You don't have to be a religious zealot to counter the theory of evolution
Nashville, TN (PRWEB) August 08, 2014
The human body is one of the most complicated, spectacular and researched subjects in modern science – and yet, how it came to be remains a mystery to this day. How did we get to this point? Were we always this way? And what forces – physical or otherwise – got us here?
These are the questions carefully considered by author Keith Ericson in his new book, “Intelligent Design or Non-Intelligent Design?” Ericson explores this theory not to manipulate readers’ feelings on religion, but instead to broaden their minds to new possibilities.
Ericson questions the over-reliance on Darwinian evolution and challenges readers by taking a non-religious, fact-based and comprehensive look at intelligent design as the most rational answer to the question of how the human body came to be. The book, designed for learning both philosophically and scientifically, will make readers think about intelligent design in ways never considered before.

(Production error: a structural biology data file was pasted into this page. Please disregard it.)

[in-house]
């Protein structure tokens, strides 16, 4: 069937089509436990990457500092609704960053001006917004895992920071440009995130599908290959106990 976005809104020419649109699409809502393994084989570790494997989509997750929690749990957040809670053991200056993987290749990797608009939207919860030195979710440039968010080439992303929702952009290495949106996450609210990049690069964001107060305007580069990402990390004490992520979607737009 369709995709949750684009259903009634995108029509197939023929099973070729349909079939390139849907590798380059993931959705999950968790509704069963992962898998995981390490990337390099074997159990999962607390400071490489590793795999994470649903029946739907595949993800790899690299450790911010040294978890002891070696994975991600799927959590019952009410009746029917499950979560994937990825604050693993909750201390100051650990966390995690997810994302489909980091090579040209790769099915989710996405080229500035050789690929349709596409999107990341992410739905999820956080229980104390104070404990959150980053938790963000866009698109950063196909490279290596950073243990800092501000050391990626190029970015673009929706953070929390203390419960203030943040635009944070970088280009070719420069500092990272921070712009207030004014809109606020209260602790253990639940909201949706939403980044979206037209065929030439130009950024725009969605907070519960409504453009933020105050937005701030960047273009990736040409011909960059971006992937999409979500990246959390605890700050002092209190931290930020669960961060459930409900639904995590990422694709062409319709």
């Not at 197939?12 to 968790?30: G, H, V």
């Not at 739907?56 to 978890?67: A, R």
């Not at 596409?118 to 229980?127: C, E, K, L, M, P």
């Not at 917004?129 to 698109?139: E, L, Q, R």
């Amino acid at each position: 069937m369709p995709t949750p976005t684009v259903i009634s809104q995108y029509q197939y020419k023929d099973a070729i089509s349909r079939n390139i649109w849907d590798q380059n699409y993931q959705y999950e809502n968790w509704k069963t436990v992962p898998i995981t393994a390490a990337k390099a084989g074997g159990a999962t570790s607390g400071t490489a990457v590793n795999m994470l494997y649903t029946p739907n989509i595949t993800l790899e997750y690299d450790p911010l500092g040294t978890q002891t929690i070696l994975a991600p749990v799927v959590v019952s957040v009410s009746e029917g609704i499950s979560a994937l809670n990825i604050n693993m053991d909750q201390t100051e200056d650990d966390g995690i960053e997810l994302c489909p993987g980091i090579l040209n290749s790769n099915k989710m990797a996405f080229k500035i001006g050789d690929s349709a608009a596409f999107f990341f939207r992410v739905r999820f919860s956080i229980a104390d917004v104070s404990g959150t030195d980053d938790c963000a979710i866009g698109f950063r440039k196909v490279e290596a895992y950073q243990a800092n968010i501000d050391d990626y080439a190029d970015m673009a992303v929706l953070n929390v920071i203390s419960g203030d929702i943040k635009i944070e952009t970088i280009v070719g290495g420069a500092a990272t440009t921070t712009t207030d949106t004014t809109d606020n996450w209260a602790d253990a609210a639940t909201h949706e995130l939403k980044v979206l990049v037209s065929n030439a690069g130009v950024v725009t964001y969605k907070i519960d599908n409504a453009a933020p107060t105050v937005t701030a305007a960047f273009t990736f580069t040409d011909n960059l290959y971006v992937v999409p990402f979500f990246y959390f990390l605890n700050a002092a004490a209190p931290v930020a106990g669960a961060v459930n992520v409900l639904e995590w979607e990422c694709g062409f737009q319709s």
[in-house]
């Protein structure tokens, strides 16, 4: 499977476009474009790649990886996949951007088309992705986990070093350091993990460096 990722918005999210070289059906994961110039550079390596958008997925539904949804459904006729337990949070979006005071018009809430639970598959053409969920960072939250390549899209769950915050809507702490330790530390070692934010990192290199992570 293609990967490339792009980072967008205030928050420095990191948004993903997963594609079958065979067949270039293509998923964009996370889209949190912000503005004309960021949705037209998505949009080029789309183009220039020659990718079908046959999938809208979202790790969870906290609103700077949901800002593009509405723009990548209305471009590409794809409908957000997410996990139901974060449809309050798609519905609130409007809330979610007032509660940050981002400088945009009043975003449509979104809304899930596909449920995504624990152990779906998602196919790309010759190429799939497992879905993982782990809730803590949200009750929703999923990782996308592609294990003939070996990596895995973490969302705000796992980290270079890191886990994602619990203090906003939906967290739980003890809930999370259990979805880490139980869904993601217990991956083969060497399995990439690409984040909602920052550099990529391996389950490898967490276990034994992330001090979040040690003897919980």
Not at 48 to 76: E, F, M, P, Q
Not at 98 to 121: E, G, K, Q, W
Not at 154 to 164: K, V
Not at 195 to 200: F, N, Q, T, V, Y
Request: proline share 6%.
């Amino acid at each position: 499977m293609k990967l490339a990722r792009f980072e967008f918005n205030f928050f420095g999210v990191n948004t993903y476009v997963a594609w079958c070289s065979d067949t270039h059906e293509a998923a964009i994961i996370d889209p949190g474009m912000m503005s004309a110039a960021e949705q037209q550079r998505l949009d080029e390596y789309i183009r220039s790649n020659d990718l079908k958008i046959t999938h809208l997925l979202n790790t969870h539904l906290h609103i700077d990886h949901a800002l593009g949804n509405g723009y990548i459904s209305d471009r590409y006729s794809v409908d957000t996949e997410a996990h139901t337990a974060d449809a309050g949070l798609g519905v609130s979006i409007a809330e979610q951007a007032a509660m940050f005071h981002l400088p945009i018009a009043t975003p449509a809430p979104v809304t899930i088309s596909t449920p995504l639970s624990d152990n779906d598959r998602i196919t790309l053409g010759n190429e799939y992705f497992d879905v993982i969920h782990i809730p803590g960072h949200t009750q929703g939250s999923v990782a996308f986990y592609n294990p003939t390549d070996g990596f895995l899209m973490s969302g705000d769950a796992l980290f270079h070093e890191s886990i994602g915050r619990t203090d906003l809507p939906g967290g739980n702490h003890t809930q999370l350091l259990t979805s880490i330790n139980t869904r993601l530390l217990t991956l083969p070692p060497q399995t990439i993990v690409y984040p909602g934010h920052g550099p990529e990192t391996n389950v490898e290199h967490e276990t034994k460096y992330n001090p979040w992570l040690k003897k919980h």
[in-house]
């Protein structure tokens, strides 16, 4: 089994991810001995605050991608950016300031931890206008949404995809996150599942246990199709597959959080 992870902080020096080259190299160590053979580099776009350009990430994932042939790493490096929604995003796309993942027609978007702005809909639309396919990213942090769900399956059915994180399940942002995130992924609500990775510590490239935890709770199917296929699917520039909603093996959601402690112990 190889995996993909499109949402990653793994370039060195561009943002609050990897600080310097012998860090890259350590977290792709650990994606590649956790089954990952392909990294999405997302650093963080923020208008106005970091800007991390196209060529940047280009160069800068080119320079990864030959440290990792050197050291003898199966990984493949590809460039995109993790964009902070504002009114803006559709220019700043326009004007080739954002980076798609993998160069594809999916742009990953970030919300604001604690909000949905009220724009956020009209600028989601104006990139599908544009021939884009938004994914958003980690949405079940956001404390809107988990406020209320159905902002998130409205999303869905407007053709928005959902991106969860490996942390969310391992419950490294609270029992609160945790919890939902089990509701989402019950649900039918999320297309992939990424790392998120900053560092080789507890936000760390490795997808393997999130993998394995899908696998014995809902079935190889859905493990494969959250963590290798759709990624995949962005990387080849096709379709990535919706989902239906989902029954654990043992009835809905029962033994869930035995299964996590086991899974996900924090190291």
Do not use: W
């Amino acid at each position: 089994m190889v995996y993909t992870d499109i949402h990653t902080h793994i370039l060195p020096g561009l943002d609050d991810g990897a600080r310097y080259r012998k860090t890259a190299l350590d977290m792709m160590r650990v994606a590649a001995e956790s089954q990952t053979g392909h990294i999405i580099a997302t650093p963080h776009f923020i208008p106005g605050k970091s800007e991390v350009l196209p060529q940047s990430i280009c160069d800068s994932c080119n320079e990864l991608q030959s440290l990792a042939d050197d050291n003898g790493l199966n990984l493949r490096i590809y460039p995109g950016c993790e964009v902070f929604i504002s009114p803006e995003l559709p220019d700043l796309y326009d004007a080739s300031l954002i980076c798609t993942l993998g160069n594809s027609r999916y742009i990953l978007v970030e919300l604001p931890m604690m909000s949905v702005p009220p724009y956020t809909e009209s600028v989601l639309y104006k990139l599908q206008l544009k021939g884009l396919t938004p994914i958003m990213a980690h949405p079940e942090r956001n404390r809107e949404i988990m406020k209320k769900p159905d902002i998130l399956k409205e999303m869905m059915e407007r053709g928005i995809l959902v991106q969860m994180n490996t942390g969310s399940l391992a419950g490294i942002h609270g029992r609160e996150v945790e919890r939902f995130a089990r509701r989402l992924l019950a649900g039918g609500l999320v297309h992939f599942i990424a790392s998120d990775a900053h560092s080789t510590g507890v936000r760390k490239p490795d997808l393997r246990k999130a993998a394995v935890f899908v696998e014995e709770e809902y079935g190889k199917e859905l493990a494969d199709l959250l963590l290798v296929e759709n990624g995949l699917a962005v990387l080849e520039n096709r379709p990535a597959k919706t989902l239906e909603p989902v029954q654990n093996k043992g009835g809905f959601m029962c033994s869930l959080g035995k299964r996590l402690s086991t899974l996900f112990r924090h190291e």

“You don’t have to be a religious zealot to counter the theory of evolution,” said Ericson. “Evolution is the widely accepted popular theory that explains the human mind and body as it is today. Unfortunately, there isn’t much rational, academic discussion relating to alternative theories, which is an important part of the learning process. This book fills that gap.”
“Intelligent Design or Non-Intelligent Design?” is beneficial for educators, parents and students searching for various perspectives on intelligent design and evolutionary theories.
For more information, visit http://www.liferichpublishing.com/Bookstore/.
“Intelligent Design or Non-Intelligent Design? Searching for Answers”
By Keith Ericson
Softcover, retail price: $27.99
E-book price: $3.99
About the author
Keith Ericson grew up in West Virginia and Pennsylvania. He holds a liberal arts degree and a master’s degree in administration. He was a naval aviator from 1955 to 1959 and a teacher and administrator before becoming the manager of public relations and communications for the Tennessee Education Association, retiring in 1997. Ericson is married to the former Frankie Gregory, and they have two children and three grandchildren. He and his wife live in Nashville, Tennessee.
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